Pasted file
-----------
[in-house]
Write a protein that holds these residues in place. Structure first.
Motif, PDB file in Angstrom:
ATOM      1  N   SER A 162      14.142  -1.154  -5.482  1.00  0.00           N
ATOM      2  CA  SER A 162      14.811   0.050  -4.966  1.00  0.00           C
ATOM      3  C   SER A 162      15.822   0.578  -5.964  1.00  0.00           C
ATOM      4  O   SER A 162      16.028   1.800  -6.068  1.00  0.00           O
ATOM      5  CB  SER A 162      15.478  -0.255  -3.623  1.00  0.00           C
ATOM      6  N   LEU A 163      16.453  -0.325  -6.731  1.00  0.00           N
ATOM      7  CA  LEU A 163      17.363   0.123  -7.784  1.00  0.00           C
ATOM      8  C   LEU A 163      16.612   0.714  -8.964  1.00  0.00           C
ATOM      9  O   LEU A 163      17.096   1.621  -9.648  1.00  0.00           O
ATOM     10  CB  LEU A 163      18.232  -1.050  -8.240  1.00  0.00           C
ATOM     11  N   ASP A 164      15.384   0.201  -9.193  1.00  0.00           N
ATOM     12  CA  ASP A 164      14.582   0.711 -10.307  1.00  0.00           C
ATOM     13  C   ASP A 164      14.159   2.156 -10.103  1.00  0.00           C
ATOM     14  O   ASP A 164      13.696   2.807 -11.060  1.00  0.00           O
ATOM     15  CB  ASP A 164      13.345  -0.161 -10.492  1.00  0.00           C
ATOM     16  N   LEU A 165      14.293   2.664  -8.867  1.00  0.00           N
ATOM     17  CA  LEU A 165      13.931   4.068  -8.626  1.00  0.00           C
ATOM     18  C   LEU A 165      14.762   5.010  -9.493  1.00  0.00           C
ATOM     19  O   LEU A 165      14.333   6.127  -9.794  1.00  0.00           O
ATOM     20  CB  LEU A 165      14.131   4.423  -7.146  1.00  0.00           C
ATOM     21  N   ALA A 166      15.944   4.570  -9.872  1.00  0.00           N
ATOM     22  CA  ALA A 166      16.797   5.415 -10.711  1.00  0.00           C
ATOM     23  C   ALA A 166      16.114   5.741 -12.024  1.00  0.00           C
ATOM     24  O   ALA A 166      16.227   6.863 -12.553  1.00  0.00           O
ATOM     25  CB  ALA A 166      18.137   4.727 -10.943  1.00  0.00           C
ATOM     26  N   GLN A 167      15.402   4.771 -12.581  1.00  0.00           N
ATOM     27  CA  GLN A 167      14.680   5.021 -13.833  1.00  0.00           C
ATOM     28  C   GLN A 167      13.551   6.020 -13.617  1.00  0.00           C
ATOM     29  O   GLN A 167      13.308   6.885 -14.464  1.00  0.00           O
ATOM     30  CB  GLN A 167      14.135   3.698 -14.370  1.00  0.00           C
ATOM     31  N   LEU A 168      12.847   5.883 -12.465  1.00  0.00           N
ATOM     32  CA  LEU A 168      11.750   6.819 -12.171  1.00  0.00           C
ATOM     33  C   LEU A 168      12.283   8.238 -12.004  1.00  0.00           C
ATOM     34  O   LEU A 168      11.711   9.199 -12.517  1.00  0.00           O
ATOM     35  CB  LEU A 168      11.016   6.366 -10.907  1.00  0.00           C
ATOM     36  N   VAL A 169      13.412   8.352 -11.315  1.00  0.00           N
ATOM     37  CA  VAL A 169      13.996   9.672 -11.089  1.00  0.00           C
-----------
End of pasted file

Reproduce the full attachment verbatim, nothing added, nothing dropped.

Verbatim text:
[in-house]
Write a protein that holds these residues in place. Structure first.
Motif, PDB file in Angstrom:
ATOM      1  N   SER A 162      14.142  -1.154  -5.482  1.00  0.00           N
ATOM      2  CA  SER A 162      14.811   0.050  -4.966  1.00  0.00           C
ATOM      3  C   SER A 162      15.822   0.578  -5.964  1.00  0.00           C
ATOM      4  O   SER A 162      16.028   1.800  -6.068  1.00  0.00           O
ATOM      5  CB  SER A 162      15.478  -0.255  -3.623  1.00  0.00           C
ATOM      6  N   LEU A 163      16.453  -0.325  -6.731  1.00  0.00           N
ATOM      7  CA  LEU A 163      17.363   0.123  -7.784  1.00  0.00           C
ATOM      8  C   LEU A 163      16.612   0.714  -8.964  1.00  0.00           C
ATOM      9  O   LEU A 163      17.096   1.621  -9.648  1.00  0.00           O
ATOM     10  CB  LEU A 163      18.232  -1.050  -8.240  1.00  0.00           C
ATOM     11  N   ASP A 164      15.384   0.201  -9.193  1.00  0.00           N
ATOM     12  CA  ASP A 164      14.582   0.711 -10.307  1.00  0.00           C
ATOM     13  C   ASP A 164      14.159   2.156 -10.103  1.00  0.00           C
ATOM     14  O   ASP A 164      13.696   2.807 -11.060  1.00  0.00           O
ATOM     15  CB  ASP A 164      13.345  -0.161 -10.492  1.00  0.00           C
ATOM     16  N   LEU A 165      14.293   2.664  -8.867  1.00  0.00           N
ATOM     17  CA  LEU A 165      13.931   4.068  -8.626  1.00  0.00           C
ATOM     18  C   LEU A 165      14.762   5.010  -9.493  1.00  0.00           C
ATOM     19  O   LEU A 165      14.333   6.127  -9.794  1.00  0.00           O
ATOM     20  CB  LEU A 165      14.131   4.423  -7.146  1.00  0.00           C
ATOM     21  N   ALA A 166      15.944   4.570  -9.872  1.00  0.00           N
ATOM     22  CA  ALA A 166      16.797   5.415 -10.711  1.00  0.00           C
ATOM     23  C   ALA A 166      16.114   5.741 -12.024  1.00  0.00           C
ATOM     24  O   ALA A 166      16.227   6.863 -12.553  1.00  0.00           O
ATOM     25  CB  ALA A 166      18.137   4.727 -10.943  1.00  0.00           C
ATOM     26  N   GLN A 167      15.402   4.771 -12.581  1.00  0.00           N
ATOM     27  CA  GLN A 167      14.680   5.021 -13.833  1.00  0.00           C
ATOM     28  C   GLN A 167      13.551   6.020 -13.617  1.00  0.00           C
ATOM     29  O   GLN A 167      13.308   6.885 -14.464  1.00  0.00           O
ATOM     30  CB  GLN A 167      14.135   3.698 -14.370  1.00  0.00           C
ATOM     31  N   LEU A 168      12.847   5.883 -12.465  1.00  0.00           N
ATOM     32  CA  LEU A 168      11.750   6.819 -12.171  1.00  0.00           C
ATOM     33  C   LEU A 168      12.283   8.238 -12.004  1.00  0.00           C
ATOM     34  O   LEU A 168      11.711   9.199 -12.517  1.00  0.00           O
ATOM     35  CB  LEU A 168      11.016   6.366 -10.907  1.00  0.00           C
ATOM     36  N   VAL A 169      13.412   8.352 -11.315  1.00  0.00           N
ATOM     37  CA  VAL A 169      13.996   9.672 -11.089  1.00  0.00           C